Microbiome: Part 2

May 13, 2020


Heather Maddox, MD

If all disease begins in the gut, then that is where the healing should begin…Right?? It makes sense to us, which is why if someone has signs of an unhealthy gut we work to restore and repair their GI tract.

Before we dive into how to improve the gut, first let’s take a deeper look at what things can disrupt, deplete, and degrade our microbiome…

Just as our coral reefs and oceans have felt the effects of industrialization, so too has our microbiome.

Things that damage the microbiome:

  • Toxins that we eat, breathe and absorb
  • Medications we take including antibiotics and other commonly used drugs such as Ibuprofen.
  • The amounts of stress we are under.
  • Lack of sleep.
  • Poor nutritional quality and variety in our food supply.
  • The depletion of soil nutrients to name a few.

What Can We Do to Support our Microbiome?
Proper nutrition has the most powerful effect on our microbiome. What we eat influences both the population of gut microflora and their metabolic activity.
We need to maintain both a strong diversity but also give them the supplies they need to do their jobs. This helps them to sustain life within us but also keeps us healthy in the process. It is a beautiful, intricate relationship that is mutually beneficial. Unfortunately, only about 25% of a typical Western diet is of any help to our microbes. They are trying to function on limited resources, and our health is paying the price for it.

The good news is that there is a way to change this. The best way to improve the health of your microbiome is to eat whole foods, plant-based diet. Eating more vegetables of all different colors…think “eat the rainbow”. Other beneficial foods including fruits, fermented foods, fish, legumes, nuts, and seeds can help increase both the number and species of healthy organisms in the gut.

It is important to eat mainly organic foods to avoid exposure to pesticides like glyphosate that can injure and even kill your good bacteria. You also want to avoid fish high in mercury (“Seafood Watch” is a good resource), and meat products containing any hormones or antibiotics. Grass-fed, organic animal products are best.

One key player in the disappearance of key microbial species has been the overuse of antibiotics. Don’t get me wrong, antibiotic therapy has saved thousands of lives. However, relying on them for treatment of the common cold and other viral infections has had a significant impact on the microbiome. They are often collateral damage when we take antibiotics. Limiting the use of antibiotics can help avoid the unnecessary killing of the good guys. If you do have to be on an antibiotic, try to avoid one that is considered “broad-spectrum”. These tend to have more of an impact than narrow-spectrum antibiotics.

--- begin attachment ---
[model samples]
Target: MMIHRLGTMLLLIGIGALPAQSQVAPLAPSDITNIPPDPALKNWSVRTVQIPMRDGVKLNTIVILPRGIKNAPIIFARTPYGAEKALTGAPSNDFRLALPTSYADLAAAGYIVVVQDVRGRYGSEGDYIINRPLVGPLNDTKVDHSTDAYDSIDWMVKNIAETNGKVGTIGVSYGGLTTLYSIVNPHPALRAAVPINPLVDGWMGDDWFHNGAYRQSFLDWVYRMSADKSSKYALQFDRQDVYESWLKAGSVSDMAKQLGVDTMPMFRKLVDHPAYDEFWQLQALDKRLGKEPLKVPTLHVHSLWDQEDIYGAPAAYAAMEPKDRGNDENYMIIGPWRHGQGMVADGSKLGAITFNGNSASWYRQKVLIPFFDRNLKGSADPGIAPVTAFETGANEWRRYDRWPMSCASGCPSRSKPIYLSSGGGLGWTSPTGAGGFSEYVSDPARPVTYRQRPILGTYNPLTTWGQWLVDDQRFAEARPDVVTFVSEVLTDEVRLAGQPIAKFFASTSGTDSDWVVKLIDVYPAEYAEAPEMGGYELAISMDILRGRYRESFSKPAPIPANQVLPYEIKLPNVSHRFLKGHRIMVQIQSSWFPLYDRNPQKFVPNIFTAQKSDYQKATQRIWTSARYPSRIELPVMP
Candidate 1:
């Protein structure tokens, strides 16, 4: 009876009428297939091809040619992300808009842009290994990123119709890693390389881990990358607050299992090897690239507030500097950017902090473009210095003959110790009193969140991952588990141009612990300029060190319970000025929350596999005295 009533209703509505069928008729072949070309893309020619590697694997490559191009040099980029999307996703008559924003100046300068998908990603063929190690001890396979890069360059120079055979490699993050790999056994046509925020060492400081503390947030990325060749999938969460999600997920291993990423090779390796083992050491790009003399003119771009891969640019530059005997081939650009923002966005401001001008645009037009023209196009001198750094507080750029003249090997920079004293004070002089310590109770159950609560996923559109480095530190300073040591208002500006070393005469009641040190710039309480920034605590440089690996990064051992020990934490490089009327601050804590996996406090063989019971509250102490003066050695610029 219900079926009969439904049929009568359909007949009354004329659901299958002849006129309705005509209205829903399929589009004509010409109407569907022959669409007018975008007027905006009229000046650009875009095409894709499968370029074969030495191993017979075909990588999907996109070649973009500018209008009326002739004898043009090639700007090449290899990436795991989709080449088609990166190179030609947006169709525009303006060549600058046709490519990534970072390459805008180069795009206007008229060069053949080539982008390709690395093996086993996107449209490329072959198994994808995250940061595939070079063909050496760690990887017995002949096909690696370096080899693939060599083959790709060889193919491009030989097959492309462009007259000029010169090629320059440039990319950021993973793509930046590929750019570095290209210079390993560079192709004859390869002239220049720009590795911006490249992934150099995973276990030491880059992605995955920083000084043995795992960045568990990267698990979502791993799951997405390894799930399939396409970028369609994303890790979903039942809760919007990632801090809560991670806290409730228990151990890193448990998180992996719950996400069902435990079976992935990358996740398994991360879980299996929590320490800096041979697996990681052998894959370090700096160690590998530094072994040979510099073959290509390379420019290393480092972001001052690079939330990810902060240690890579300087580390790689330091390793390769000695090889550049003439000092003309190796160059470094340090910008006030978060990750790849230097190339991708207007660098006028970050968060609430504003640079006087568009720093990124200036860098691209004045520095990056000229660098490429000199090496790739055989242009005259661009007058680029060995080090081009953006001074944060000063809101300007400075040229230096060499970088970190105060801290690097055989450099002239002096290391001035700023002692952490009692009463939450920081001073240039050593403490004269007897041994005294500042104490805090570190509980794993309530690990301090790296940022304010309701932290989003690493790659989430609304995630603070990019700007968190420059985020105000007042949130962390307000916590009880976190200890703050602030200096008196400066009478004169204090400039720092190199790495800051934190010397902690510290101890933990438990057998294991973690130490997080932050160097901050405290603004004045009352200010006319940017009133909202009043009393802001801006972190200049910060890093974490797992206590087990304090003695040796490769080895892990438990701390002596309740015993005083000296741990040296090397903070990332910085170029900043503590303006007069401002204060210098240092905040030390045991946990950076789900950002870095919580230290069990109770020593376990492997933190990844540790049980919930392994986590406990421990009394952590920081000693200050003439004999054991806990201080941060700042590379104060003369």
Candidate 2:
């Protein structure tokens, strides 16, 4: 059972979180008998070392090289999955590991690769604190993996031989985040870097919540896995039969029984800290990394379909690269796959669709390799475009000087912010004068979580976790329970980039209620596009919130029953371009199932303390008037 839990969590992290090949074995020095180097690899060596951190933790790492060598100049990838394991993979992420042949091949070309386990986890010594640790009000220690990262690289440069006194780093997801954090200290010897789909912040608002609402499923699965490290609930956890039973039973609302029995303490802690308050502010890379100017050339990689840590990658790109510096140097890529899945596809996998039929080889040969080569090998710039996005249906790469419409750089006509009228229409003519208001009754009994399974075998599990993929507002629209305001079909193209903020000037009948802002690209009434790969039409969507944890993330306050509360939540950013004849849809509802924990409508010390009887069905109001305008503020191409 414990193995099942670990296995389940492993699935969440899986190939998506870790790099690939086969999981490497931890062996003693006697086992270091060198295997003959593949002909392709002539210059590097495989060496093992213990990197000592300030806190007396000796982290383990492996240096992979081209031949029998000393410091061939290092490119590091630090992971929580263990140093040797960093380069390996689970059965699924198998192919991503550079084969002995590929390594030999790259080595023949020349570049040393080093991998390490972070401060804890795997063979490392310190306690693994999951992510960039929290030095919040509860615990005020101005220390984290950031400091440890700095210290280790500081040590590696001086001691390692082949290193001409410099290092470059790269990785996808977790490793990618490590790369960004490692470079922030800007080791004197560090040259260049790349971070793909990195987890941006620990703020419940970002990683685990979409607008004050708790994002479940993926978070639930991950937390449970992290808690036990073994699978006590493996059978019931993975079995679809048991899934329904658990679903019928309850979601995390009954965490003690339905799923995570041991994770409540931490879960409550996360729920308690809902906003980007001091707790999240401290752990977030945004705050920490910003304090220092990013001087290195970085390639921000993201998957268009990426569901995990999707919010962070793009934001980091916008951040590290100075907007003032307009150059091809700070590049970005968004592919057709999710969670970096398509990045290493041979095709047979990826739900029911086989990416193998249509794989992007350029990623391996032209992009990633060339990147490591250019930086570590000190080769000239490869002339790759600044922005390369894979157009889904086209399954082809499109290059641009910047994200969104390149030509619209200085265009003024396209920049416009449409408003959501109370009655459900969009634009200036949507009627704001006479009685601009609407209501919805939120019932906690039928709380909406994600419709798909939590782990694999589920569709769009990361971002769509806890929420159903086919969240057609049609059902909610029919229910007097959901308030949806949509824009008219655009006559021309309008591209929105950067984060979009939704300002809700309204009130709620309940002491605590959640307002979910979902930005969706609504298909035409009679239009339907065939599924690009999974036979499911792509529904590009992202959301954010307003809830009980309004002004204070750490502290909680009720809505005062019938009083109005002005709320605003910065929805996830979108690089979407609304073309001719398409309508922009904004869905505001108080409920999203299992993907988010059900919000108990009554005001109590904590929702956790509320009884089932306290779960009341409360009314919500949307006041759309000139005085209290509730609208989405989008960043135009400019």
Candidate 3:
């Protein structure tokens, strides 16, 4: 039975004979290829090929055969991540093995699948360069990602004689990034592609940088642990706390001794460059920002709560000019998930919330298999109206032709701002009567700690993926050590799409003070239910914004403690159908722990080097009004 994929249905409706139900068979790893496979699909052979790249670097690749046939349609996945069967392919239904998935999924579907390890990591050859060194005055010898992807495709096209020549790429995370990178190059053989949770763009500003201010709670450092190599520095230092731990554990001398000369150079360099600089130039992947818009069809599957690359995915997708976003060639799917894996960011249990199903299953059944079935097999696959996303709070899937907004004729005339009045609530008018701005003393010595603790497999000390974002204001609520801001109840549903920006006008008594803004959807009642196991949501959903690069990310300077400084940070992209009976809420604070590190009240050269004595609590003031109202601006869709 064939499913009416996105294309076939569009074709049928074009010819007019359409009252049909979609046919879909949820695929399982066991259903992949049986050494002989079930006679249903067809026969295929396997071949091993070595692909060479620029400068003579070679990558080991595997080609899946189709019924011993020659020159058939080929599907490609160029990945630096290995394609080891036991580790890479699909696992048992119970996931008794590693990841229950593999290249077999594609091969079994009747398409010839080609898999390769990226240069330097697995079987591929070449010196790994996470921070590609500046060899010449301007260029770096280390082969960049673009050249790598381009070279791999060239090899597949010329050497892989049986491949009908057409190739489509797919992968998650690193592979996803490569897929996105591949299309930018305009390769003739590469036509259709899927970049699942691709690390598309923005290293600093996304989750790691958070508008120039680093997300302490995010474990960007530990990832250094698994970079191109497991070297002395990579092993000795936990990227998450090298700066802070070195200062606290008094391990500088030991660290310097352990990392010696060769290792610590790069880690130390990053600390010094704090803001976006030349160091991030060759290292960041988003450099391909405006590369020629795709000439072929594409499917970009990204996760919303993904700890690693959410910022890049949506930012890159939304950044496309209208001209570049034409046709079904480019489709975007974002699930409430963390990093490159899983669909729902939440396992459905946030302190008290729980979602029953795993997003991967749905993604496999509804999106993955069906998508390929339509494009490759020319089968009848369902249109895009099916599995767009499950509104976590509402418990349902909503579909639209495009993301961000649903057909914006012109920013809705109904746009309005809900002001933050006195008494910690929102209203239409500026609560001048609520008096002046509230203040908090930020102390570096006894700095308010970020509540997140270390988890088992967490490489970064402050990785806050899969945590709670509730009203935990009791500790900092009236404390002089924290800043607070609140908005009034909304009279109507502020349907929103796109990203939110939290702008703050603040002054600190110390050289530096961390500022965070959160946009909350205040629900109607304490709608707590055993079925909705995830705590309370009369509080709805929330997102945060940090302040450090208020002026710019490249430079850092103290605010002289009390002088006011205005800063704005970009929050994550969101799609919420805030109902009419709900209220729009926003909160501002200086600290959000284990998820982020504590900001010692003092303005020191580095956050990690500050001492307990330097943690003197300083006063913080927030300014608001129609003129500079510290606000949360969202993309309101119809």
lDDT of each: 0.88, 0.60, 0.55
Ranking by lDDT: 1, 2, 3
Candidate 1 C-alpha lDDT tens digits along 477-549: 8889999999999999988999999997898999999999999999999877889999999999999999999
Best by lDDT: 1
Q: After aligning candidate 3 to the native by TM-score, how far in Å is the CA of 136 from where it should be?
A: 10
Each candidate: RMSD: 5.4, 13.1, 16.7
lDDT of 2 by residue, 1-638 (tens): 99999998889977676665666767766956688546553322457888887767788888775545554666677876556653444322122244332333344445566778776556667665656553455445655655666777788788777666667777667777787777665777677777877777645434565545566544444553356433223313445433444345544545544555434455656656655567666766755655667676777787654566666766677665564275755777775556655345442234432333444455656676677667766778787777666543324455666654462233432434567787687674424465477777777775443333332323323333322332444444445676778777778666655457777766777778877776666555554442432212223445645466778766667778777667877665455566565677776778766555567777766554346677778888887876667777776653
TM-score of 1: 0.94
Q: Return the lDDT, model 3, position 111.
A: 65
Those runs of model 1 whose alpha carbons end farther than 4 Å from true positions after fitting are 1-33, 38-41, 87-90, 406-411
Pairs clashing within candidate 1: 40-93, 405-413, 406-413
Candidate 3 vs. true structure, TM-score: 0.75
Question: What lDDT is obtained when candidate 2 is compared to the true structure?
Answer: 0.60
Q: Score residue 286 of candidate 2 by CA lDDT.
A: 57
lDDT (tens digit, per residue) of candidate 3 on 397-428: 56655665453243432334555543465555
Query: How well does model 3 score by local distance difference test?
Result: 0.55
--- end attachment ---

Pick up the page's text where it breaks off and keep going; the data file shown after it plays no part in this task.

If antibiotics are necessary, taking an over-the-counter probiotic like Florastor while on the antibacterial agent and for at least a month after can help mitigate the damage.

Another way to keep your tiny intestinal friends healthy is to avoid using harmful chemicals on our skin. Now, most people don’t mean to nor want to use toxic beauty products but end up doing so without even knowing it. It has been found the average woman applies an astonishing 515 synthetic chemicals on her skin daily and 60% of all products applied are absorbed…scary huh?!?

To avoid toxic chemical exposure try to keep skin, hair, and nail products to a minimum and definitely avoid ones that contain phthalates and parabens. A good resource for checking where your current beauty products stand is www.ewg.org.

There are several popular classes of medications that are over the counter and often taken on a daily basis that can damage the microbiome. These include NSAIDs (Ibuprofen, Advil, Aleve, Naprosyn, and Mobic) as well as anti-reflux medications like Prilosec and Nexium. Fortunately, there are many natural anti-inflammatories and remedies to help reduce pain and reflux symptoms that can be explored to avoid chronic use of potentially harmful medications. Turmeric is a natural anti-inflammatory that is free of side effects or drug interactions.

The good news is that we can develop a more healthy relationship with our long-time healthy bacterial friends. With the help of functional medicine, a gut restoration protocol can be utilized to help heal, support, and revitalize your microbiome.

Please schedule a complimentary 20-minute phone call to explore if your microbiome may be having an impact on your health.